"Oh my God, that's my daughter." So read the advertising copy of Hardcore. George C. Scott plays Jake Van Dorn, a man of means and conservative values who discovers that his precious daughter is appearing in X-rated films. Desperately making his way through the sub-rosa world of pornography, Van Dorn talks to pimps, prostitutes, and other such sterling individuals in hopes of locating his daughter and dragging her home. At one point, he falsely advertises himself as a porn producer in hopes that his little girl will show up for an interview.
X-Static is the eighth studio album by Daryl Hall & John Oates, released in 1979 by RCA Records. Buddah Records re-released the album with two bonus tracks in 2000. "Wait for Me" reached #18 on the Billboard charts and won a BMI airplay award.
As its album title suggests, Starship's compilation Greatest Hits (Ten Years and Change 1979-1991) covers not only the group's popular heyday, 1985-1991, but also the earlier era, 1979-1984, which was actually the latter days of Jefferson Starship, after the departures of co-lead singers Marty Balin and Grace Slick, with former Elvin Bishop Group singer Mickey Thomas replacing Balin, and Slick, eventually, returning. The history that is described by the collection is largely one of attrition, effectively traced by the performer credits listed in the booklet. In 1979, the group is a sextet consisting of Thomas, lead guitarist Craig Chaquico, rhythm guitarist Paul Kantner…
Robert Schroeder is a talented and inspired german electronic composer whose career has strong connections with analogue synth sequences and spacey, spherical soundscapes produced by Klaus Schulze during the second half of the seventies. If we compared it with the best essays from K.Schulze's classic period, Harmonic Ascendant figures as a major work, pushing the cosmic synthesizer trippiness to an other level of experimentation and emotion. Harmonic Ascendant is not as majestic and as visceral than early TD and Schulze but clearly better than anything produced by these two masters after the 70's.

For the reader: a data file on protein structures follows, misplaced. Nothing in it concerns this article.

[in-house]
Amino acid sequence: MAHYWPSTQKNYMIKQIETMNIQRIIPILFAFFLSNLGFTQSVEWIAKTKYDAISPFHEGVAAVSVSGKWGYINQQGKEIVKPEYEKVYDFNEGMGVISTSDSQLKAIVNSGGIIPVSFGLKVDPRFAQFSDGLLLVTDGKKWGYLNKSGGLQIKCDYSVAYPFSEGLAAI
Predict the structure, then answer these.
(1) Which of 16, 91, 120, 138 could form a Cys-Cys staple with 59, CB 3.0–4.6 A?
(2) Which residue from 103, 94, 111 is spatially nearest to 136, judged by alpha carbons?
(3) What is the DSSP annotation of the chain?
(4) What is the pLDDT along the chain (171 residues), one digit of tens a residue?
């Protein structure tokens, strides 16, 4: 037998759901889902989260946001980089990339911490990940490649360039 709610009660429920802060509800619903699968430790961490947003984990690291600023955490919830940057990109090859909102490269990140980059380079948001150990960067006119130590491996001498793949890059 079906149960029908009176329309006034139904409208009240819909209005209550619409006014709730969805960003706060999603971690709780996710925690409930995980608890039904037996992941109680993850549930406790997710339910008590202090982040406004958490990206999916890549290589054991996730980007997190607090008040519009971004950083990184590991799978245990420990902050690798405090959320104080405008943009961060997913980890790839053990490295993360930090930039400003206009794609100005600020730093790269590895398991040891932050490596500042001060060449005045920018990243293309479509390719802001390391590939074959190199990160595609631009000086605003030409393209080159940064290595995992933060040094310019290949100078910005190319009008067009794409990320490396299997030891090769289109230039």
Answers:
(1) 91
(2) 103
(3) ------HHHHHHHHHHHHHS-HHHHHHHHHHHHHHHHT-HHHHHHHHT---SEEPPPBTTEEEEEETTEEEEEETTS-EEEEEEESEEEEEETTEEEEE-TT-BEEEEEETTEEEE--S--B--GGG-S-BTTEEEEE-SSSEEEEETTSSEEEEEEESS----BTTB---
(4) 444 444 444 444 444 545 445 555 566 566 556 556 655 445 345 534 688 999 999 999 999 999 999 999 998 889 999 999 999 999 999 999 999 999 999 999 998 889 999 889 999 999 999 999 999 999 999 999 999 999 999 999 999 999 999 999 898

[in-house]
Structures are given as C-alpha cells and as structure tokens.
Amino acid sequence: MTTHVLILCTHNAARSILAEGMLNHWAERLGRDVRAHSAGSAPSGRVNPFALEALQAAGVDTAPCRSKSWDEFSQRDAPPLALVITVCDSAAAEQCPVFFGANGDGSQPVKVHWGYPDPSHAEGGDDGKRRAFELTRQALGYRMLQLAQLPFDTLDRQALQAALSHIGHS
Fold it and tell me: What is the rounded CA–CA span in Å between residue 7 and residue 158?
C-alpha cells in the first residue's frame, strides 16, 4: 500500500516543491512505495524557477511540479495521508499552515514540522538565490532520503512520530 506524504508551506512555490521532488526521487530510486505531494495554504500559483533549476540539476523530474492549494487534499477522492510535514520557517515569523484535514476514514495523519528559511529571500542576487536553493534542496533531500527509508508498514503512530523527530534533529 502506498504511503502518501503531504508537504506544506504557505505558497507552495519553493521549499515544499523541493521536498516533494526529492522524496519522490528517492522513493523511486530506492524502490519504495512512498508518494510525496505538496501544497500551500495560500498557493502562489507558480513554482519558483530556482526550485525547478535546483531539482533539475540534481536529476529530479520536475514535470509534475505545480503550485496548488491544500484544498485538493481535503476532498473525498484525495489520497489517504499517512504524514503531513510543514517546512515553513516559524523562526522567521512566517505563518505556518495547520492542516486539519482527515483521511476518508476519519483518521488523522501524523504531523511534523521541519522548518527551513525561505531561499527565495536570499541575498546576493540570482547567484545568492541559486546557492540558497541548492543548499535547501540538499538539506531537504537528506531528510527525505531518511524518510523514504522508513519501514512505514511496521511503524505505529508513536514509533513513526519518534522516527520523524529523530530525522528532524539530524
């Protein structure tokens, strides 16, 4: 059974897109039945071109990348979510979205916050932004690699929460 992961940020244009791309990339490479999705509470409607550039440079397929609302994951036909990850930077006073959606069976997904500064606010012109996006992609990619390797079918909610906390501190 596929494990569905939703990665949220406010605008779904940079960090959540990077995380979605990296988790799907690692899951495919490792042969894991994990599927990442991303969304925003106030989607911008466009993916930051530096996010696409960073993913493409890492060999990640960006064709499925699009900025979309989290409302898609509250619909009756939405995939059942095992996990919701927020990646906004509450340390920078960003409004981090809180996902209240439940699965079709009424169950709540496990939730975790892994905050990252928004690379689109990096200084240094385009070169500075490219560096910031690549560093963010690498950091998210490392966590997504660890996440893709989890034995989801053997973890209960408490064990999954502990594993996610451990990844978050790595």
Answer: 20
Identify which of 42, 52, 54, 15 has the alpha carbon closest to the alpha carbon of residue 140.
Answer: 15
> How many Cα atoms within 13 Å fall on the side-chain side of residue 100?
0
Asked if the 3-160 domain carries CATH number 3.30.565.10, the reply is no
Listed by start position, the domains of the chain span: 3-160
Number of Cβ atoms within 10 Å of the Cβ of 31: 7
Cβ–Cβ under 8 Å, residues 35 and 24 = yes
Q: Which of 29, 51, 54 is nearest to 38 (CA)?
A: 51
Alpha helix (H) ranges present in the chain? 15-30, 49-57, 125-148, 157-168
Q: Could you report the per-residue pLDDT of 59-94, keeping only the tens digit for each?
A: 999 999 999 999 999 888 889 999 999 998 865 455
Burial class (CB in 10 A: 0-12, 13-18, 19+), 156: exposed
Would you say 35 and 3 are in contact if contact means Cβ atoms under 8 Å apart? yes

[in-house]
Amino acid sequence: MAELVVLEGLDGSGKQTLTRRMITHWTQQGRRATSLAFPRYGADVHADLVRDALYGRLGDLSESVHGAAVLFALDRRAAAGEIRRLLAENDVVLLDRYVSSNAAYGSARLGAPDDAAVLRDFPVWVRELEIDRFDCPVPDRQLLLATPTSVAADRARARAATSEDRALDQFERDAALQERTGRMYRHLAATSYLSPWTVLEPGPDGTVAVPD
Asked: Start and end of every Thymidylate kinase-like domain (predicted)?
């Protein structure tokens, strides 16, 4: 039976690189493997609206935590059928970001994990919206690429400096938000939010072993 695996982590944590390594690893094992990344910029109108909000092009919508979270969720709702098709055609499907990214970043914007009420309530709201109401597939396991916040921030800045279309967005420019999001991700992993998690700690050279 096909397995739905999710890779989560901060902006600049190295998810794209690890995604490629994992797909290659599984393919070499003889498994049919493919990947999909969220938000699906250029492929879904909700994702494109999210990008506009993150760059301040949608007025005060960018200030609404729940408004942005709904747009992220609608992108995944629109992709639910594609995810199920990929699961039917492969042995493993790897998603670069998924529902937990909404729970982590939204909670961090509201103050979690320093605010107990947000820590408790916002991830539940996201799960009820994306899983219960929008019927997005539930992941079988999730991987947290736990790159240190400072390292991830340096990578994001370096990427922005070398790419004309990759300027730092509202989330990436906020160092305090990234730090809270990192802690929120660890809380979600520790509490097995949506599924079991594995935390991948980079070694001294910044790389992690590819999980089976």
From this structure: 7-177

Swan Lake was the first of Tchaikovsky's three great ballets– works which added a new level of depth and sophistication to what had been a purely superficial art form. Today the music is so well-known and popular that it's impossible to comprehend the difficulties the composer experienced at early performances. Audiences found the music "too symphonic," and the dancers were put off by the prominence given to the orchestra which, they felt, distracted ballet fans from the action on stage. Of course, all of these supposed "defects" are precisely what we admire about the music today, and this elegant but exciting performance reveals the music in all of its glory.